And generally covered every bit of the scene at different focal lengths, different compositions.

Then I hustled back to C’s gig. It was only an hour and I wasn’t about to miss it!

Random note: I discovered a beer at L.I.C. Bar called Schöfferhofer Grapefruit Hefeweizen that I absolutely fell in love with! I’m not much of a beer drinker, but lordy, I could get used to that one!

But Then… the Night. Yummmm!

Gig done, sun was down, moon was up; Joe and Caleb wanted to go get a beer elsewhere. We ended up at a really nice bar at that same park I photographed in earlier. And guess what I saw:

This, a single shot captured with a Canon 24-70 f/2.8:

ManhattanSkyline

and when I looked to the right, this (same lens):

Queens, NYSet anchor, rest a spell.You may be out of your element, but you're not out of your mind.So fill up, replenish.You can take the world tomorrow.

.. and then I thought to myself: “Self. This would look amazing on a wall BIG.”
Self agreed.

So we photographed that sucker BIG. Made a nice panorama, 7 images across… complete with the moon, the reflection, the river, even the plane with its long exposure streak. (I could’ve eliminated the long exposure streak. But I like it. It makes it so… that moment.). Used that trusty 24-70mm f/2.8 with my Canon 6D, which is phenomenal at night! (which was also the reason I brought it)

So, I don’t know what to say about panoramas anymore. I guess I do them occasionally! HehHeh.

Setting Sail from New York

It’s Time to Go

I voyage home today.
And I will be back.

New York has been amazing. No, make that beyond amazing.
Friends… family… new Chat episodes… food… scenes from all over the city… photography… sigh.
I covered SO much territory on foot that I’m in better shape now than when I arrived 2 weeks ago!
There was the day I did 26,000 steps. My UP band said that’s 17 miles. Then again, I haven’t calibrated it so I doubt it’s being accurate.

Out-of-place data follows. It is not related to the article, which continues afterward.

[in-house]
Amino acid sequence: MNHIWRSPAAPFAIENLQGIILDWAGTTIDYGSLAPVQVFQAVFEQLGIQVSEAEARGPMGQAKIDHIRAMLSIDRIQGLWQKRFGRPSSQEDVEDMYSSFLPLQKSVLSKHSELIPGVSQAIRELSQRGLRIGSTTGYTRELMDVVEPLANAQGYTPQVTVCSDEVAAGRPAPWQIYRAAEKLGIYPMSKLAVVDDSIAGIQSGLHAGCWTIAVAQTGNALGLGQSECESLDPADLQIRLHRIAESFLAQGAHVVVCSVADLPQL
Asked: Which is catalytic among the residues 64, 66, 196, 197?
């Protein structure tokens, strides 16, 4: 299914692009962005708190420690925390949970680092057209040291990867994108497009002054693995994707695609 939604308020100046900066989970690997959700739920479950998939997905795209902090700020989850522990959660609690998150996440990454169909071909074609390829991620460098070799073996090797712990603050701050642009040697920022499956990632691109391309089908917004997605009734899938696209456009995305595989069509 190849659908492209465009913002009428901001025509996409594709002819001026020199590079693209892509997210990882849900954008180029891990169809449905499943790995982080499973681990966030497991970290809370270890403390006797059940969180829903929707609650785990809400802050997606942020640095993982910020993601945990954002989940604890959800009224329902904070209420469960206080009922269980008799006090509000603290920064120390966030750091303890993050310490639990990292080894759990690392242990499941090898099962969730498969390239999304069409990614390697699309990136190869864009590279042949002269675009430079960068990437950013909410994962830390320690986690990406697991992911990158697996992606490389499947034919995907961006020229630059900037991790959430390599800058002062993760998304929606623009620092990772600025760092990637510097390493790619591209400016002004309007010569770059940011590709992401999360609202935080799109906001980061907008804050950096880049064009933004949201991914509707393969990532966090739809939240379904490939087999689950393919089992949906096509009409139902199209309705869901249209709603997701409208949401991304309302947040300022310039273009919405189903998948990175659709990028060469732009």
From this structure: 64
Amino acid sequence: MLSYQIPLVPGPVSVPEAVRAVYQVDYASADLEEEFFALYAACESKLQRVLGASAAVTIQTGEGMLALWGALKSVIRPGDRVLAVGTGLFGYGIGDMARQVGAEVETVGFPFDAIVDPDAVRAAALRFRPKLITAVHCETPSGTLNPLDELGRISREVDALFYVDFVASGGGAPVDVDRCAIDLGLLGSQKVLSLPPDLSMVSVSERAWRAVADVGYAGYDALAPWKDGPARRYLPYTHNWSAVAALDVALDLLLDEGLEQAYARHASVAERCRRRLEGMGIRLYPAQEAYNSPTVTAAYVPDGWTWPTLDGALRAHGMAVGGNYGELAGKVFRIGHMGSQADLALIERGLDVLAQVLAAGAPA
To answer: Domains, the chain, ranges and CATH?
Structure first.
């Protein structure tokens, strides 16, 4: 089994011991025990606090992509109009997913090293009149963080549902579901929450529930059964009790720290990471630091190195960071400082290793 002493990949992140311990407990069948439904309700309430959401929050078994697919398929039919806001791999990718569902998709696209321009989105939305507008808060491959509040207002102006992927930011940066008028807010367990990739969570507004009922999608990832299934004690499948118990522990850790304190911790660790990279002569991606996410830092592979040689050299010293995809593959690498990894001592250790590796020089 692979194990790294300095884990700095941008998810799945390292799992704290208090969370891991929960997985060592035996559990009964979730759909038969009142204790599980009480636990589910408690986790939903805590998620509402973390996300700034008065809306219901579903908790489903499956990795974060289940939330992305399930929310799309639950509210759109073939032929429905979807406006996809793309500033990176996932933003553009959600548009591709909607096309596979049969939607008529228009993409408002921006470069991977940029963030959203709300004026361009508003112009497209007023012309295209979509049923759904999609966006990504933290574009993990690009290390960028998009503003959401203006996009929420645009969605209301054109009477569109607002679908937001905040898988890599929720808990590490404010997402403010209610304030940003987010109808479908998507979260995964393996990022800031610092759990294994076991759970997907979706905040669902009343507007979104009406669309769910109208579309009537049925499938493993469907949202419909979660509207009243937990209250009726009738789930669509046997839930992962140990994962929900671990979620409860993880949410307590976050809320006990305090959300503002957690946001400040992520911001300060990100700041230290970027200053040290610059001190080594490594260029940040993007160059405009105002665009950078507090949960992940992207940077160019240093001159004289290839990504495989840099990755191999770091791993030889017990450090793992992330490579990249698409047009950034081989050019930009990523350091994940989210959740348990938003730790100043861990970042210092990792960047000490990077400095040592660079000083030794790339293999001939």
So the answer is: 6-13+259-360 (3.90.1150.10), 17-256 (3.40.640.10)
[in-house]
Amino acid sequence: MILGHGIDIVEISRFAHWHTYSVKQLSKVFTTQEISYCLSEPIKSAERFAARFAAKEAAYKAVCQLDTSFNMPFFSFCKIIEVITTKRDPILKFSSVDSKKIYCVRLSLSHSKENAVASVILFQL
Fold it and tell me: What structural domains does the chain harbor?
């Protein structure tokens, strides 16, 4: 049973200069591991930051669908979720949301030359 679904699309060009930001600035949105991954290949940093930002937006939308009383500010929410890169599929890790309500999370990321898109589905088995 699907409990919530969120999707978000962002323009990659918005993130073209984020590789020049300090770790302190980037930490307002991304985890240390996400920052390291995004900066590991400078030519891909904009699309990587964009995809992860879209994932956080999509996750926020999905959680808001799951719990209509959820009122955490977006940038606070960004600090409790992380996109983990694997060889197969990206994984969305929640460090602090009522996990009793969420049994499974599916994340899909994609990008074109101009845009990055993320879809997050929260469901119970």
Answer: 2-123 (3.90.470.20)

There was music. My stepson, Caleb Dolister is a drummer. So we went to some of his music gigs in places we’d never have seen otherwise. Like the spot in Queens where I captured this awesome moment. He said “There’s a cool view of the Manhattan Skyline at the end of that street. It only takes a few minutes to get there, want to see it?” And he took us to the most breathtaking spot, where that skyline showed off like a star in the heavens. (I’ll share the panorama I took of it very soon!)

We saw K.J. Denhert at the 55 Bar in the West Village. If you like outrageously awesome jazz singer/musicians… go see her some Saturday night! My husband Joe is a lifelong jazz bass player. Suffice it to say, he was over the moon with her band… and the entire music scene here.

There was so, SO much more! But now… I’ll be on my way to the airport in a little over an hour. Home late tonight. However, the memories of this trip will stay with me forever.

More awesome photos and stories to come!

Waiting... Yearning...For the chance to set sail toward adventures unknown. Till then...Waiting.Yearning.

 

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Shark Fin Cove

The Perfect Pirate Name

How can you resist a place that sounds like a pirates’ landing? From the moment I heard the name “Shark Fin Cove”, my hearty imagination had me hobbling around on a peg leg “Arrrr-ing” to passersby. Of course, I know the whole “Pirates say Arr” thing is a myth… but don’t tell my Hollywood imagination that!

In any case, we ventured out one day recently after some recent storms had passed through – and a nice sunset looked like a real possibility. The shark’s fin looking sharky… the water really wild and loud. Some of the waves’ thundering crashes startled me, even from my bird’s eye vantage point. This mountain girl views the ocean with a combination of admiration and suspicion. Tsunamis, rip tides, every 7th wave… you have to keep your eye on it at all times lest it wrest you from this life into Davy Jones Locker! But I digress…

SharkFinery

Filters: From “GAH!!” to “Ahhhh”

I’ve photographed Shark Fin Cove near Santa Cruz a number of times. I usually do something HDR-ish with multiple auto exposures. I usually like the churning water, the depth of color and textures – and being able to capture all the levels of light. Today, however, I was in the mood for something different.